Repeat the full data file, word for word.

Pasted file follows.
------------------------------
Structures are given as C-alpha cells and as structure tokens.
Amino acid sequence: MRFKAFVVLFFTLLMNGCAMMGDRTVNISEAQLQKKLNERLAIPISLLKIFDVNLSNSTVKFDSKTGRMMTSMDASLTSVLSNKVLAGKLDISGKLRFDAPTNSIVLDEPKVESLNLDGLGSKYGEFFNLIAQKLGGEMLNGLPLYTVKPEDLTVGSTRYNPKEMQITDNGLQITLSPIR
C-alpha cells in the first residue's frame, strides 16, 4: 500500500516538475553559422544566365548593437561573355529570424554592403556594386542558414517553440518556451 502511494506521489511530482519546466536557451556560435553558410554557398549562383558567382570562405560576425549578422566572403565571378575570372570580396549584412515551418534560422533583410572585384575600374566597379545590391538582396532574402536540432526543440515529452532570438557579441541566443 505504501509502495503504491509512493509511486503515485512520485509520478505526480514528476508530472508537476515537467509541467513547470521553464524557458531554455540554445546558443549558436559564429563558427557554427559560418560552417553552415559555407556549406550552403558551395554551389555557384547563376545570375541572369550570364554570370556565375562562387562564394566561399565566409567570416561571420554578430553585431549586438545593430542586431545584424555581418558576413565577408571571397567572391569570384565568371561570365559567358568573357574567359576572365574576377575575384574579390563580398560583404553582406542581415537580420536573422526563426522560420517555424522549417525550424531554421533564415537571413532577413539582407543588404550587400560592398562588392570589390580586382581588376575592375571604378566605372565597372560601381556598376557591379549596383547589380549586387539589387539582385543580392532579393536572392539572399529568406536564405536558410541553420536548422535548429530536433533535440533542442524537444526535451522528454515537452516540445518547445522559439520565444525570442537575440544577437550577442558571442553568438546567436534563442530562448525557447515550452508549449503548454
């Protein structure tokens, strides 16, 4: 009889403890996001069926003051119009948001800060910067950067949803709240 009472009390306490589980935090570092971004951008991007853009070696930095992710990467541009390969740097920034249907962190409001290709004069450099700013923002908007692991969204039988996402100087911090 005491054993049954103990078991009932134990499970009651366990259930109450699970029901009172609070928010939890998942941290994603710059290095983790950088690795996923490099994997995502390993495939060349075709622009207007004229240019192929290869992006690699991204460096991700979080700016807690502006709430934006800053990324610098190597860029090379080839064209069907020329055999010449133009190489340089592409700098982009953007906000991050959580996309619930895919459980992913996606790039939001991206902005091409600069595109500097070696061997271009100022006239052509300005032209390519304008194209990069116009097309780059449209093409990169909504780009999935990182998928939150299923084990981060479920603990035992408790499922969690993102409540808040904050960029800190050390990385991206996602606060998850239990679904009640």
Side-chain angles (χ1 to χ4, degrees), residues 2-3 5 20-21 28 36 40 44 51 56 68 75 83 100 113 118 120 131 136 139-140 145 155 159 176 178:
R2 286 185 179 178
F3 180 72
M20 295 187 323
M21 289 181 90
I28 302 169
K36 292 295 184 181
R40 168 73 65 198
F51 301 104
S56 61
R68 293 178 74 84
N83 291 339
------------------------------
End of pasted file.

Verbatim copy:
Structures are given as C-alpha cells and as structure tokens.
Amino acid sequence: MRFKAFVVLFFTLLMNGCAMMGDRTVNISEAQLQKKLNERLAIPISLLKIFDVNLSNSTVKFDSKTGRMMTSMDASLTSVLSNKVLAGKLDISGKLRFDAPTNSIVLDEPKVESLNLDGLGSKYGEFFNLIAQKLGGEMLNGLPLYTVKPEDLTVGSTRYNPKEMQITDNGLQITLSPIR
C-alpha cells in the first residue's frame, strides 16, 4: 500500500516538475553559422544566365548593437561573355529570424554592403556594386542558414517553440518556451 502511494506521489511530482519546466536557451556560435553558410554557398549562383558567382570562405560576425549578422566572403565571378575570372570580396549584412515551418534560422533583410572585384575600374566597379545590391538582396532574402536540432526543440515529452532570438557579441541566443 505504501509502495503504491509512493509511486503515485512520485509520478505526480514528476508530472508537476515537467509541467513547470521553464524557458531554455540554445546558443549558436559564429563558427557554427559560418560552417553552415559555407556549406550552403558551395554551389555557384547563376545570375541572369550570364554570370556565375562562387562564394566561399565566409567570416561571420554578430553585431549586438545593430542586431545584424555581418558576413565577408571571397567572391569570384565568371561570365559567358568573357574567359576572365574576377575575384574579390563580398560583404553582406542581415537580420536573422526563426522560420517555424522549417525550424531554421533564415537571413532577413539582407543588404550587400560592398562588392570589390580586382581588376575592375571604378566605372565597372560601381556598376557591379549596383547589380549586387539589387539582385543580392532579393536572392539572399529568406536564405536558410541553420536548422535548429530536433533535440533542442524537444526535451522528454515537452516540445518547445522559439520565444525570442537575440544577437550577442558571442553568438546567436534563442530562448525557447515550452508549449503548454
């Protein structure tokens, strides 16, 4: 009889403890996001069926003051119009948001800060910067950067949803709240 009472009390306490589980935090570092971004951008991007853009070696930095992710990467541009390969740097920034249907962190409001290709004069450099700013923002908007692991969204039988996402100087911090 005491054993049954103990078991009932134990499970009651366990259930109450699970029901009172609070928010939890998942941290994603710059290095983790950088690795996923490099994997995502390993495939060349075709622009207007004229240019192929290869992006690699991204460096991700979080700016807690502006709430934006800053990324610098190597860029090379080839064209069907020329055999010449133009190489340089592409700098982009953007906000991050959580996309619930895919459980992913996606790039939001991206902005091409600069595109500097070696061997271009100022006239052509300005032209390519304008194209990069116009097309780059449209093409990169909504780009999935990182998928939150299923084990981060479920603990035992408790499922969690993102409540808040904050960029800190050390990385991206996602606060998850239990679904009640």
Side-chain angles (χ1 to χ4, degrees), residues 2-3 5 20-21 28 36 40 44 51 56 68 75 83 100 113 118 120 131 136 139-140 145 155 159 176 178:
R2 286 185 179 178
F3 180 72
M20 295 187 323
M21 289 181 90
I28 302 169
K36 292 295 184 181
R40 168 73 65 198
F51 301 104
S56 61
R68 293 178 74 84
N83 291 339